Dell has escalated its attack on the Australasian services market, applying its successful direct business model to one of the last profit bastions of the channel and doubtless treading on service provider toes across both countries.
Steve Norman, business development and enterprise director for Dell Australia and New Zealand, said Dell Professional Services was applying “the Dell effect” that had been so successful in hardware to services. Already, services were the fastest growing part of Dell's business, ramping up 70 percent year on year.
“We will be taking the benefit of Dell's direct business model, such as a very efficient supply chain and very good relationship with our customers to give superior services,” he said. “We have got PCs and our share is growing, servers and storage and our shares are growing and we see a huge opportunity in services.”
He said its hardware business was still performing strongly but the global services market was worth around $800 billion a year and Dell was determined to get its share.
Gartner research suggested the hardware vendor could eventually take as much as 45 percent of the total services market. “And we are actually addressing that,” Norman said.
Dell had been in services for a long time, but was relatively unknown in the sector and so far only had about two percent of the total market. Customer service was its big thing, and Dell had already proven it could deliver consistently, to all sizes and types of businesses, across the whole nation, he maintained.
“The emphasis is on staying 'close to the box'. We're not going into high level business consulting,” Norman said. “The Dell model is modular, easy to purchase and, with a single point of accountability [that is Dell], commoditising the task as much as possible, and standardisation.”
Chris Askew, vice-president of services for Dell Asia-Pacific, said the offerings would focus around IT infrastructure, applications and training, mainly for medium-sized to large corporations and government bodies. The vendor would address heterogeneous environments – using assistance from established partners including Red Hat, EMC, Oracle and Intel -- as well as Dell-only shops.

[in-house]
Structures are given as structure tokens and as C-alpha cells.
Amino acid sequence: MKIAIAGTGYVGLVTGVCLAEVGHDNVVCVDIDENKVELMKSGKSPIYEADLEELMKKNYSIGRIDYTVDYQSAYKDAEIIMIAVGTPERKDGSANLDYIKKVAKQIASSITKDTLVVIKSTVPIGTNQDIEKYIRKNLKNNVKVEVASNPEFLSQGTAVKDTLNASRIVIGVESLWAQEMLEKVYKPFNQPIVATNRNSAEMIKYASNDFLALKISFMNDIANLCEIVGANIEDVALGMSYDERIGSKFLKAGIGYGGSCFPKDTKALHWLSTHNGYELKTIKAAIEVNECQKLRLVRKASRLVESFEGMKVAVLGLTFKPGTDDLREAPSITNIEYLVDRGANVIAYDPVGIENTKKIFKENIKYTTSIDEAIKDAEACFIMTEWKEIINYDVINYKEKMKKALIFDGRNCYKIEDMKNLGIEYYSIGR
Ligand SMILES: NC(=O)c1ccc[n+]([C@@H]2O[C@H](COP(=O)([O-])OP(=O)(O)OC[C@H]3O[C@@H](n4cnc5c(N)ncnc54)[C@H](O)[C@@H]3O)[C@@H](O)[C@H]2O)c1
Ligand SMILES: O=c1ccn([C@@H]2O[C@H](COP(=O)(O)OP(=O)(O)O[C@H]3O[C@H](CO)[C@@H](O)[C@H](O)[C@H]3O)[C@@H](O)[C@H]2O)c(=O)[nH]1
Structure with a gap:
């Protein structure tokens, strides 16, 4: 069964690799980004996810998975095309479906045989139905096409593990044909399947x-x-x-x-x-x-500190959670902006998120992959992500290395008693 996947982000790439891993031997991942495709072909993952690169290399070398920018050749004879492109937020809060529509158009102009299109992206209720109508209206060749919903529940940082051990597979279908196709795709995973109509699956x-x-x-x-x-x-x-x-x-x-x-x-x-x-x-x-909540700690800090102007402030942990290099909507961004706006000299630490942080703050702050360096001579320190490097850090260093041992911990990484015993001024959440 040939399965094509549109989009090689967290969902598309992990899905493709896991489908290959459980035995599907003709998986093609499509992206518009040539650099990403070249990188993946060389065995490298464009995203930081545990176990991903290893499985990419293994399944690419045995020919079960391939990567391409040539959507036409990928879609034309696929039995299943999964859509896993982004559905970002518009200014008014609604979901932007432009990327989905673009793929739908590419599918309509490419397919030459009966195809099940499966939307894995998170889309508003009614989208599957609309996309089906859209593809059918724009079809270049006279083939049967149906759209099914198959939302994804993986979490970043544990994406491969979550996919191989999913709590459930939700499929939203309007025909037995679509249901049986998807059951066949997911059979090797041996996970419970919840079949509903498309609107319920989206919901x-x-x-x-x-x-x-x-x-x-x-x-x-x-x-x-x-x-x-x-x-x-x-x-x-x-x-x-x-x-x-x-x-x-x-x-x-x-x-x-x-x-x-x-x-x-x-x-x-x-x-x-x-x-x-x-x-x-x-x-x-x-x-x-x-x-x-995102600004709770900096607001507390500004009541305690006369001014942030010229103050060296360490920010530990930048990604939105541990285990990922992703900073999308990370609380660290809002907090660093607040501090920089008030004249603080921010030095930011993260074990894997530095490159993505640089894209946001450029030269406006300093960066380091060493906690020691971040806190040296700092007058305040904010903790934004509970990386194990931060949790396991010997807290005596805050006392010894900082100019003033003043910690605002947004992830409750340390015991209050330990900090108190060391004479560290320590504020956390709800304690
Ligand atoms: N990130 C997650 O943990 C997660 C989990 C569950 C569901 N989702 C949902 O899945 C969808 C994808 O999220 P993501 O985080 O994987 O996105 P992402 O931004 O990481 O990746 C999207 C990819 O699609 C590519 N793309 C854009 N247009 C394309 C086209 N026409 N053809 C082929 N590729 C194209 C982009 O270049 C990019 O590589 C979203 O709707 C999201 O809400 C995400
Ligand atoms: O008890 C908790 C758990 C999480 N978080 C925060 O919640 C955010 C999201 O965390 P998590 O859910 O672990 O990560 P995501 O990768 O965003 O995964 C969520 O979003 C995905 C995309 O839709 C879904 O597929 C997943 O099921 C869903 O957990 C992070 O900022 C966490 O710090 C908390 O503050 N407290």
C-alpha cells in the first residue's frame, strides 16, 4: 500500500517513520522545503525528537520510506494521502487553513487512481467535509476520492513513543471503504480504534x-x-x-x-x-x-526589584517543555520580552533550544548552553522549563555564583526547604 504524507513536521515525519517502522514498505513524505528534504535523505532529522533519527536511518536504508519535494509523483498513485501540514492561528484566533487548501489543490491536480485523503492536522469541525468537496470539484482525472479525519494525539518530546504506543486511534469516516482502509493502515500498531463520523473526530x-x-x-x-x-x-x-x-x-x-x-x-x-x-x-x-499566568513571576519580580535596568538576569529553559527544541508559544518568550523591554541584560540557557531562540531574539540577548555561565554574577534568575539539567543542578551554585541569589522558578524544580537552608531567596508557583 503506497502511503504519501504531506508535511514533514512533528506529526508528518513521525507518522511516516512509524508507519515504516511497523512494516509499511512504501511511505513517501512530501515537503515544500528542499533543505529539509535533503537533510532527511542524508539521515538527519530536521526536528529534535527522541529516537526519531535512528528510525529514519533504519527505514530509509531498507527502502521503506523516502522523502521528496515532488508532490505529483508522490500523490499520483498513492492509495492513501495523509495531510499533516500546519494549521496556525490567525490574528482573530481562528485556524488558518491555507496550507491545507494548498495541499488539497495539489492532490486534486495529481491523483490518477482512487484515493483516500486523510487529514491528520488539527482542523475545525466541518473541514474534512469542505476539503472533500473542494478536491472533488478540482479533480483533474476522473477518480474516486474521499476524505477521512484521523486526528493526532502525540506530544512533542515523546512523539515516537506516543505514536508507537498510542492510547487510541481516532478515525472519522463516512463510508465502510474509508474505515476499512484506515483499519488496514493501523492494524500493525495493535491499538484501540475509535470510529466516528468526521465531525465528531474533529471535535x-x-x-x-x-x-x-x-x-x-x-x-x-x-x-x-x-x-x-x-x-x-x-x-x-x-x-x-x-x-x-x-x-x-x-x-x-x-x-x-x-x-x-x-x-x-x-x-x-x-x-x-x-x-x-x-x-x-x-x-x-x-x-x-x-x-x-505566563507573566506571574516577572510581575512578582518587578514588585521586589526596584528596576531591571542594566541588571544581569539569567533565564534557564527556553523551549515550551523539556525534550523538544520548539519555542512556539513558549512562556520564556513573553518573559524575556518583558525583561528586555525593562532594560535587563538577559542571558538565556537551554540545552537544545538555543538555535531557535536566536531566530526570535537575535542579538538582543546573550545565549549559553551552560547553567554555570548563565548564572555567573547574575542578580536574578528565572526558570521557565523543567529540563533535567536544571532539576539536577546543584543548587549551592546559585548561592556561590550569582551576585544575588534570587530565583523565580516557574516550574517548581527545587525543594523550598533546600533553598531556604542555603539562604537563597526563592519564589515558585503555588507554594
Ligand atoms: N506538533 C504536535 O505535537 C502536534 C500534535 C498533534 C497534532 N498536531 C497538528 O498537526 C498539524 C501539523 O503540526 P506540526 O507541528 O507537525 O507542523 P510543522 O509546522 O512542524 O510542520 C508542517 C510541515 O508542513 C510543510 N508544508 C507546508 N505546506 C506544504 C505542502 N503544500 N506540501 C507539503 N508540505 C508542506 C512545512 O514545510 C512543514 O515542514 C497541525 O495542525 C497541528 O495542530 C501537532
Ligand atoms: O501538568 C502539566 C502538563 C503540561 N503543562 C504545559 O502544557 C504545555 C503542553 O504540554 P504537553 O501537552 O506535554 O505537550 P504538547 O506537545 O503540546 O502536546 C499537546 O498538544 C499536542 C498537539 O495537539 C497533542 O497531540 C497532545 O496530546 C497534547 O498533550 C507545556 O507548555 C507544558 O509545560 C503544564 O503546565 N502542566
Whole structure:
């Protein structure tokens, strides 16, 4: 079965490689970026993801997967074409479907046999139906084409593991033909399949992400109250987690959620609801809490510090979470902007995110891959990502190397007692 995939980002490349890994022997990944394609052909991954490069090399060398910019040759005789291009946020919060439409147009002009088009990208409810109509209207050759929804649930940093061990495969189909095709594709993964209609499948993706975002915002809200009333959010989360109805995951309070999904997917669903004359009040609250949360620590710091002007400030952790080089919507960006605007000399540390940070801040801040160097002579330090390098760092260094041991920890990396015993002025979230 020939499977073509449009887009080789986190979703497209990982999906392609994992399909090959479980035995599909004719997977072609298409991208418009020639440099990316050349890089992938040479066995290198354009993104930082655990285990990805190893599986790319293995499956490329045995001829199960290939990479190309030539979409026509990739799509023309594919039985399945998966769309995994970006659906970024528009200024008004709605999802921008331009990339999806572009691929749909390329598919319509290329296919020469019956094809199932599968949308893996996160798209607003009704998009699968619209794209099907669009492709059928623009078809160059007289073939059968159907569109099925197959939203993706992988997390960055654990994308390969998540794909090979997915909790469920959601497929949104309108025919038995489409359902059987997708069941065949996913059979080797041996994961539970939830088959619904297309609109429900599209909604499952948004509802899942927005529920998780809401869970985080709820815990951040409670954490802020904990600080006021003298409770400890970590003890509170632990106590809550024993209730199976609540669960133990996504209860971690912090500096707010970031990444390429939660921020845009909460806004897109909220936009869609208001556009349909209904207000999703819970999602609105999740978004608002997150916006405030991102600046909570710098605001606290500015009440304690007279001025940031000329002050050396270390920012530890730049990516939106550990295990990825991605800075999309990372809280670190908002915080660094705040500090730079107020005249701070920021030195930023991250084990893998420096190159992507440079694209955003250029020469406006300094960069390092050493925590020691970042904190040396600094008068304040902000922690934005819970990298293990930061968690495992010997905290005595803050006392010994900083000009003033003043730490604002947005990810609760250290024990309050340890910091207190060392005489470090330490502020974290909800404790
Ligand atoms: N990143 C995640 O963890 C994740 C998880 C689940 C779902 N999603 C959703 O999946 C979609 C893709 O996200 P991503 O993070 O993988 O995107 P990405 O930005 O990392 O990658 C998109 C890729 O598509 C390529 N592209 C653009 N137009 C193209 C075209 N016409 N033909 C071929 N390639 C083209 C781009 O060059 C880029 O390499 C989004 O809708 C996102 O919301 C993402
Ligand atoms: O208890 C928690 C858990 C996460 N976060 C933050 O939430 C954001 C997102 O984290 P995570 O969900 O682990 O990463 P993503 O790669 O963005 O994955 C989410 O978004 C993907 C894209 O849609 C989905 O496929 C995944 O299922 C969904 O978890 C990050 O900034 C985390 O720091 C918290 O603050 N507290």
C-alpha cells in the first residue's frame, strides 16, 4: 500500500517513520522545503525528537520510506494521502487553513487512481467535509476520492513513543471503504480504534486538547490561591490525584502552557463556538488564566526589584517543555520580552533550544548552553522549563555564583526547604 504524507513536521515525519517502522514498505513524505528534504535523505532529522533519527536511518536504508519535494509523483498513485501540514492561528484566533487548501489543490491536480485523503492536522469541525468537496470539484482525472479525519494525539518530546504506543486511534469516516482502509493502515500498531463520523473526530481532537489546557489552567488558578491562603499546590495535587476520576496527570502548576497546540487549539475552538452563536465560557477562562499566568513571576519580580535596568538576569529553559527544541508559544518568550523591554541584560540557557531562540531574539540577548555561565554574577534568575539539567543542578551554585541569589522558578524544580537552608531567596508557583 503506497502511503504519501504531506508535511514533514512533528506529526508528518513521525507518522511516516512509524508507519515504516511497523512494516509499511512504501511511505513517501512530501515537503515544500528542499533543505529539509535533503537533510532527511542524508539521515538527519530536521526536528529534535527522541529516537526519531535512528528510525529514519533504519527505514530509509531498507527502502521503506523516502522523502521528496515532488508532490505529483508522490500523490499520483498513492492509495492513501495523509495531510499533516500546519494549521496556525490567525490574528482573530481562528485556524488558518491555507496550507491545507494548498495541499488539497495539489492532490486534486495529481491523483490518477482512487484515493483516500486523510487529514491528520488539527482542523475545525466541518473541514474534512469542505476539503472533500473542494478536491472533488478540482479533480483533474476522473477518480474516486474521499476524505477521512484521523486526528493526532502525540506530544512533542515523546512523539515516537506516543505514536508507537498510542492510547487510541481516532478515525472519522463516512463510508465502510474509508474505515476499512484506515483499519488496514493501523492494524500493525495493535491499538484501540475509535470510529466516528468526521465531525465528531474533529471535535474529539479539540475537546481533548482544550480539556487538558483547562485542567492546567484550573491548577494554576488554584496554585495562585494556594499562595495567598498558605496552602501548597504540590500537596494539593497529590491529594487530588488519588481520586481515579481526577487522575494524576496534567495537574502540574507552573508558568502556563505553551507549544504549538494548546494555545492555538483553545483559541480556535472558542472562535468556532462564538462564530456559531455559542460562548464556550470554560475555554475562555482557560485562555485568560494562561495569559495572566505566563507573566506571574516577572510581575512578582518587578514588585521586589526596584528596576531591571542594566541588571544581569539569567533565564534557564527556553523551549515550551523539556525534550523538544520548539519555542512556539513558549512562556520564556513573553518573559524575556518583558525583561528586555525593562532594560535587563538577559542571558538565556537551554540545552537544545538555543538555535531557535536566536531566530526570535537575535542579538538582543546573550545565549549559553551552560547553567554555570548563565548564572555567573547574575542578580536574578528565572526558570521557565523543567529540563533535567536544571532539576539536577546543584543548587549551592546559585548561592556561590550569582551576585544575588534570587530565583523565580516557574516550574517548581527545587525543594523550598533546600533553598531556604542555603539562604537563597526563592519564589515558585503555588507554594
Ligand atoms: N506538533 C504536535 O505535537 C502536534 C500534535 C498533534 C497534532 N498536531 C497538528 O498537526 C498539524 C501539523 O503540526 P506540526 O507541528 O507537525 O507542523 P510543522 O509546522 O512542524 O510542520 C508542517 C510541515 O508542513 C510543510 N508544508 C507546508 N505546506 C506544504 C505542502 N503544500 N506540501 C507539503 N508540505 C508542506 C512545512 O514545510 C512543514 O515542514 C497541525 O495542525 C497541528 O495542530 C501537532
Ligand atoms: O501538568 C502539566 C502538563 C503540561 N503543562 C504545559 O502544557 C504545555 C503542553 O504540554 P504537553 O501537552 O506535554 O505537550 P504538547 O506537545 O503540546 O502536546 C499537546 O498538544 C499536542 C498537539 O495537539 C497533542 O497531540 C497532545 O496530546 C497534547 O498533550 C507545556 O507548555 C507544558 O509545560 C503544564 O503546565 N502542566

“But if they don't want our gear, I think we'd be trying to go back in there and understand why,” he said.
Askew said Dell would aim to “remove variance” from services. Although some types of services had to be customised individually, often even those could be broken down into modular, commoditised tasks that could be delivered in menu fashion, he suggested.
“This will drive economies of scale into the customer's business model. Think supply chain for services,” Askew said. “And there is no one between Dell and the customer.”
Customers wouldn't need to work with several different service providers on an implementation, but would just go directly to Dell. When things went wrong, customers would immediately know who to blame and who to contact to fix a problem, he pointed out.
Askew said Dell's model was already proving successful in services, but he could not say how many customers Dell already had for its services, nor how many more might be in the pipeline.
However, deals Dell had already done showed that life cycle management costs could be reduced by 63 percent, break/fix costs by 58 percent and SAN implementations by 45 percent, he said.
One key to better prices was Dell's “maniacal focus on automation”, Askew added, and commitment to hiring the best people for the task.
Dell trotted out two services customers to support its claims.
Tony Pine, IT transit manager for transport services provider Connex, said Dell had deployed 420 machines, built a back office server environment and implemented Active Directory for the company, merging two company infrastructures into one in ten weeks.
That merger also involved a financial system upgrade, relocation and migration, merging and migration of two payroll systems, new hardware, software, LAN and WAN, he said.
Connex had been impressed by the level of flexibility and ownership of the deployment Dell had demonstrated, he said.
“I guess it comes down to the culture of the organisation, and we haven't been used to that. It was a breath of fresh air, and I've been dealing with service providers in the IT industry for a number of years,” Pine said. “Dell took up the challenge and Dell delivered.”
Ross Forgione, IT and communications manager at radio broadcaster Austereo, said it had employed Dell to deliver an Australia-wide infrastructure upgrade involving 700 client workstations and servers in seven locations. The changes had to be done in 18 days with a maximum downtime for each user of 30 minutes.
“Having that single point of contact made it much quicker to do the rollouts without hampering any of our users for more than 30 minutes. For 90 percent of our users, that's critical, because about half our staff are involved in on-air delivery.”
Normally such a project might have been expected to take around three months, he said.
He was also impressed with the level of respect Dell's staff offered Austereo's people. Dell had recognised that they had something to offer and incorporated their input. “There was mutual respect. I didn't expect that,” Forgione said.